Here’s how education saved $173,000

Careful measurement guides plan

When Columbia San Jose (CA) Medical Center (CSJMC) initiated its study to see if a structured education program for patients with congestive heart failure (CHF) could reduce readmission rates and save money, the study team saw that educational intervention cut readmission rates in half, and net savings to the hospital was nearly $173,000.

The intervention group’s post-test responses revealed the education they received spurred significant improvements in how much they knew about their disease and how well they could handle self-management. (See graphs illustrating these points, p. 146.)

The four areas improved were as follows:

• diet awareness and eating behavior;

• medication compliance;

• weight monitoring;

• confidence.

CSJMC’s project involved a core team con-sisting of 10 people, including nurses, patient educators, quality improvement staff, a pharmacist, a hospital librarian, and a representative from Krames Communications, a publisher of consumer-oriented wellness and safety materials in San Bruno, CA.

The team randomly assigned patients with a discharge diagnosis of CHF to intervention or control groups. Excluded were those with end-stage disease and those who would have difficulty with English-language educational items. Nurses interviewed all study participants within 14 days of discharge to gather pretest baseline data. They measured how much participants knew about CHF and how aware they were of lifestyle skills for managing their condition. A post-test 12 weeks later measured changes in knowledge, self-management behavior, and confidence.

Initial assessments of control and intervention groups revealed that most patients learn little about CHF and how to manage their disease during their hospital stay. Regarding diet, only 63% knew that what they eat is important, as well as the following factors:

• only 49% knew to limit salt;

• 53% hadn’t weighed themselves for a minimum of two days;

• 79% weren’t sure when to call the doctor if they gained weight;

• only 42% knew the importance of medication compliance;

• 30% had forgotten to take medication in the preceding three months;

• 37% lacked confidence in their self-management abilities;

• 36% rated their health as poor.

"There’s no doubt CHF patients need to be educated," says Jackie Torpy, RN, BSN, coordinator of the Alegent Health Heart Institute’s Heart Failure Center at Immanuel Medical Center in Omaha, NE. "The more educated they are, the more compliant they are. Patients have no idea what heart failure is when they first come in. They only register ‘heart attack,’ and CHF is different. Patients are versed on what they’ve heard about fat, triglycerides, and cholesterol — which is not to say they shouldn’t be — but CHF has to do also with sodium and fluids, and they have difficulty dealing with that."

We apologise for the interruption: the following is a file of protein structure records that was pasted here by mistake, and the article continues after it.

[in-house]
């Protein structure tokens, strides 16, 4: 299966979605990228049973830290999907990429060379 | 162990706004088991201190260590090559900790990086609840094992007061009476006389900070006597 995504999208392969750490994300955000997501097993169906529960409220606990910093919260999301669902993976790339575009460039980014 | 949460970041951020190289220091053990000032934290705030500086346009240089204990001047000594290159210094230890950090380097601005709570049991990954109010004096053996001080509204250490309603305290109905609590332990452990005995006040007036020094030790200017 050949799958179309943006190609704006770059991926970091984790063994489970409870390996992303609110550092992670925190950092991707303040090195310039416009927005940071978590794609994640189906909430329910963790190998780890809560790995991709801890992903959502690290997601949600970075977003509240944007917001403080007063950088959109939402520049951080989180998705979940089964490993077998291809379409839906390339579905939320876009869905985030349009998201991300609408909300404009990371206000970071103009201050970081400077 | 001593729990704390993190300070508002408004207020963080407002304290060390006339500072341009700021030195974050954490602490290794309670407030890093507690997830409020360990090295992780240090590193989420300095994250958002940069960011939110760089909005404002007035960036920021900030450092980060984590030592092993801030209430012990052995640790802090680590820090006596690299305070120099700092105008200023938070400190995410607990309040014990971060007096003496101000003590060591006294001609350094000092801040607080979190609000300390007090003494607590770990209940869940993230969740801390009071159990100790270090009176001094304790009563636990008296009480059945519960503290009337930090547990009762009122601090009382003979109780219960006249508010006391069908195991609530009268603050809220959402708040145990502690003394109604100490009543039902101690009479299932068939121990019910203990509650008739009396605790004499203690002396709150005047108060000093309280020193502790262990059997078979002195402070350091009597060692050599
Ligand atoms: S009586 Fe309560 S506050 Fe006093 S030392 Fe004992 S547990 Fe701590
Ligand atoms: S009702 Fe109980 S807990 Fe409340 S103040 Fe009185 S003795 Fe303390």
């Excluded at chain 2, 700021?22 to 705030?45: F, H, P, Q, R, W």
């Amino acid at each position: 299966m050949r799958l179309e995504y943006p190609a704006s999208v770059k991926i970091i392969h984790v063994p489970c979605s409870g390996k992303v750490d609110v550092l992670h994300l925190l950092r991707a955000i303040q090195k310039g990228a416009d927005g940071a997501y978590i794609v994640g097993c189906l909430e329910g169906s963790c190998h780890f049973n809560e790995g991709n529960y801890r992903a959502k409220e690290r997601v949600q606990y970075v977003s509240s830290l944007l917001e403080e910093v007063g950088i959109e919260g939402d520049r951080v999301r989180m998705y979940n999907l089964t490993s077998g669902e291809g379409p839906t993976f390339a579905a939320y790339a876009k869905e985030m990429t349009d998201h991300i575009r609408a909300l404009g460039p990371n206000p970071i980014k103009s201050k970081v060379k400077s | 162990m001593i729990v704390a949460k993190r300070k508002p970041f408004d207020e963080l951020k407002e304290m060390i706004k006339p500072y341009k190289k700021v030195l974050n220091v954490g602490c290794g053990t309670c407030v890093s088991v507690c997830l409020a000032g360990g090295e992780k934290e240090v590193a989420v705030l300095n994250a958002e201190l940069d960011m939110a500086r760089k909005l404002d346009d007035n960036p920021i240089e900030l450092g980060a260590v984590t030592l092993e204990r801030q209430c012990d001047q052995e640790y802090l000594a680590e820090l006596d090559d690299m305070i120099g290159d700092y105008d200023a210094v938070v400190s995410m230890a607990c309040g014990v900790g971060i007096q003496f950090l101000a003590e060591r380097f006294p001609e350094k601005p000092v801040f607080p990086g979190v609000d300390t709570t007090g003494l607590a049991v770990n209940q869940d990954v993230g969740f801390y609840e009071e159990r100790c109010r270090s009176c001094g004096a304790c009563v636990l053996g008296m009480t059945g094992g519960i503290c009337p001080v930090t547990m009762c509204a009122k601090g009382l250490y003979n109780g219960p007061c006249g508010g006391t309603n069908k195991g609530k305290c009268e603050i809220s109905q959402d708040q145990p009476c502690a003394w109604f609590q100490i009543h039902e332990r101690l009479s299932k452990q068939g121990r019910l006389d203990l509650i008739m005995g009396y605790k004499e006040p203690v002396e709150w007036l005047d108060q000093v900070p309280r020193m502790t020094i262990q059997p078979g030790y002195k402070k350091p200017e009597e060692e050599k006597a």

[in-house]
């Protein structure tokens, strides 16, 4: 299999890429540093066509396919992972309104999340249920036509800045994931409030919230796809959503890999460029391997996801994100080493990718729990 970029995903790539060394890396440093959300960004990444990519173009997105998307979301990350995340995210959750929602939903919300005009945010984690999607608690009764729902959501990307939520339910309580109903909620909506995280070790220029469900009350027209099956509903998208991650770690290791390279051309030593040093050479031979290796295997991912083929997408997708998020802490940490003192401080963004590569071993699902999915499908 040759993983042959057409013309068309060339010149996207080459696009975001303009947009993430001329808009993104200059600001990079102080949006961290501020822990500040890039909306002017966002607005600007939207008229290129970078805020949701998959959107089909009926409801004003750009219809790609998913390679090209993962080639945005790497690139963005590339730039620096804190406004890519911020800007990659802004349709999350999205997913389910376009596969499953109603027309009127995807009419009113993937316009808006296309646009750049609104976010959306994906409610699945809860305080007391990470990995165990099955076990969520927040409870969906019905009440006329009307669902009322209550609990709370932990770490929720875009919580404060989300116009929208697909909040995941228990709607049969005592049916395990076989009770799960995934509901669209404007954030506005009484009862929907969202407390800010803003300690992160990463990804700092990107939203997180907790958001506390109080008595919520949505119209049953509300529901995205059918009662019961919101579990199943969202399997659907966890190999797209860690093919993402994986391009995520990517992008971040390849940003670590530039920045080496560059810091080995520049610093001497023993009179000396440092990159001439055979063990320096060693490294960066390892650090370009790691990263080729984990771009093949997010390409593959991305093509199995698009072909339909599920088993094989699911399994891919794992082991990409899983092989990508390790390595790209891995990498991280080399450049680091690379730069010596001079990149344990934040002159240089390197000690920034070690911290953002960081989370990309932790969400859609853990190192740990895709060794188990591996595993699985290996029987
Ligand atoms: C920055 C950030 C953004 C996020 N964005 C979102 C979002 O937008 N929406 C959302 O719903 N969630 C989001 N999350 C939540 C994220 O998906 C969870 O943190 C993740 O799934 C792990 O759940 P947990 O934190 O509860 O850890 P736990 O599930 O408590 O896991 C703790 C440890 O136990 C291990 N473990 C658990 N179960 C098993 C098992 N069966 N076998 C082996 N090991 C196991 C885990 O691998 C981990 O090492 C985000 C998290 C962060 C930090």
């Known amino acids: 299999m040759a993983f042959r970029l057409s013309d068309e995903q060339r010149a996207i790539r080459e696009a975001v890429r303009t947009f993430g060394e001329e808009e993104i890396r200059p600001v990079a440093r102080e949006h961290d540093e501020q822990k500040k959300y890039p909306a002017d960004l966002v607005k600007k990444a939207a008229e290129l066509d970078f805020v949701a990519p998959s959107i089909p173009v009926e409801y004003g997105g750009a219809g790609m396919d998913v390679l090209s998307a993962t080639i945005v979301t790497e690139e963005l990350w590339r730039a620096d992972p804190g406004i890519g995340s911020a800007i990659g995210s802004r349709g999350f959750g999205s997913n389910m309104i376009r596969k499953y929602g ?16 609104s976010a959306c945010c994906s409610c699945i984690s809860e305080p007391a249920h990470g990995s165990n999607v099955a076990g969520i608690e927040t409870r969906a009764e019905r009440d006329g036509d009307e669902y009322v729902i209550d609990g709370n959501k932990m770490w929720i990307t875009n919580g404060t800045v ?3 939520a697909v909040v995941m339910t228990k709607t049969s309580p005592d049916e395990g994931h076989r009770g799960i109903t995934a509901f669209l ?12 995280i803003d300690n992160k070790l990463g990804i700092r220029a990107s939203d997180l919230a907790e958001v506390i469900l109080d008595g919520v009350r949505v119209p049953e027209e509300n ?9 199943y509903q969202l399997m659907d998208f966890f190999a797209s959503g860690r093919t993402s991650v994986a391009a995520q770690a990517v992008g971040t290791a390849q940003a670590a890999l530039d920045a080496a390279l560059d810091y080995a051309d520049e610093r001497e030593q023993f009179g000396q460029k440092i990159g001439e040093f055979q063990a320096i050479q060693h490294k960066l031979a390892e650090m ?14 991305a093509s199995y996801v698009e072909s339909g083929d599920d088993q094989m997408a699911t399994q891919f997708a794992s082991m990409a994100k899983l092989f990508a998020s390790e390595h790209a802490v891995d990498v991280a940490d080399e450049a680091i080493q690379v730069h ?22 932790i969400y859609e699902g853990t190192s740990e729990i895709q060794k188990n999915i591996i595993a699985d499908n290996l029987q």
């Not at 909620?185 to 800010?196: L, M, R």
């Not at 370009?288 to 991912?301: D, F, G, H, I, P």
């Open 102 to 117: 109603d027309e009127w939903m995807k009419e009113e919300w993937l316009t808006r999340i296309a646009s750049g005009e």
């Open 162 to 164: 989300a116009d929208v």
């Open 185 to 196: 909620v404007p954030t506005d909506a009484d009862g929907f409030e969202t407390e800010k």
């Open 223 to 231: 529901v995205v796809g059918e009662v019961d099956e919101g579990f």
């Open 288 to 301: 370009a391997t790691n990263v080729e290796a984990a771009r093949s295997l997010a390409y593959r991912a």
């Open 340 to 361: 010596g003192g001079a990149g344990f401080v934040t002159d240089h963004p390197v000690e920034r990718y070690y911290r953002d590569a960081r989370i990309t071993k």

"Educating patients involves more than putting information in the mail. Intervention needs to be behaviorally staged," explains Seth Serxner, PhD, director of research at Krames Communi-cations. Those stages are awareness, skill building, and maintenance.

Nurses typically are effective at teaching patients about their disease, and they’re also adept at building skills such as injecting insulin and demonstrating the peak flow meter.

"It’s at the maintenance phase that we fall down," he says. Medication compliance, dietary compliance, and monitoring early warning signs come under the category of maintenance, and it’s those behaviors that need to be reinforced. The focus of the intervention in the CSJMC study was maintaining and reinforcing long-term health behaviors.

The intervention ran for 12 weeks. "To keep patients’ attention, you have to contact them on a regular basis. A direct sequence mailing does that," Serxner says. Four education packets were delivered by mail, each with a personal letter from the quality improvement group director. The format of each packet varied, because, he says, "If you get materials that look the same, you tend to chuck them out. If every time a package arrives, its shape and color are different, you’re curious and pay attention."

The cover letter costs practically nothing, explains Monica Miyaji, RN, quality improvement coordinator at CSJMC, yet it is perhaps the most important piece in the mailing. Each is addressed personally and signed by a doctor. The body of the letter describes the materials included with the package. It invites questions by including a contact name and phone number and reinforces the key points of the materials. For example, it might say, "Keep in mind that weighing yourself each day is very important. Remember to take your medications."

The personalized accordion-pleated folder in the first mailing seemed to make a difference in how patients viewed the information being sent to them. "It really works," says Miyaji, "When we called patients, they’d say, ‘Oh yeah, let me get my folder.’ The folder made it clear that each piece is in the context of an overall program."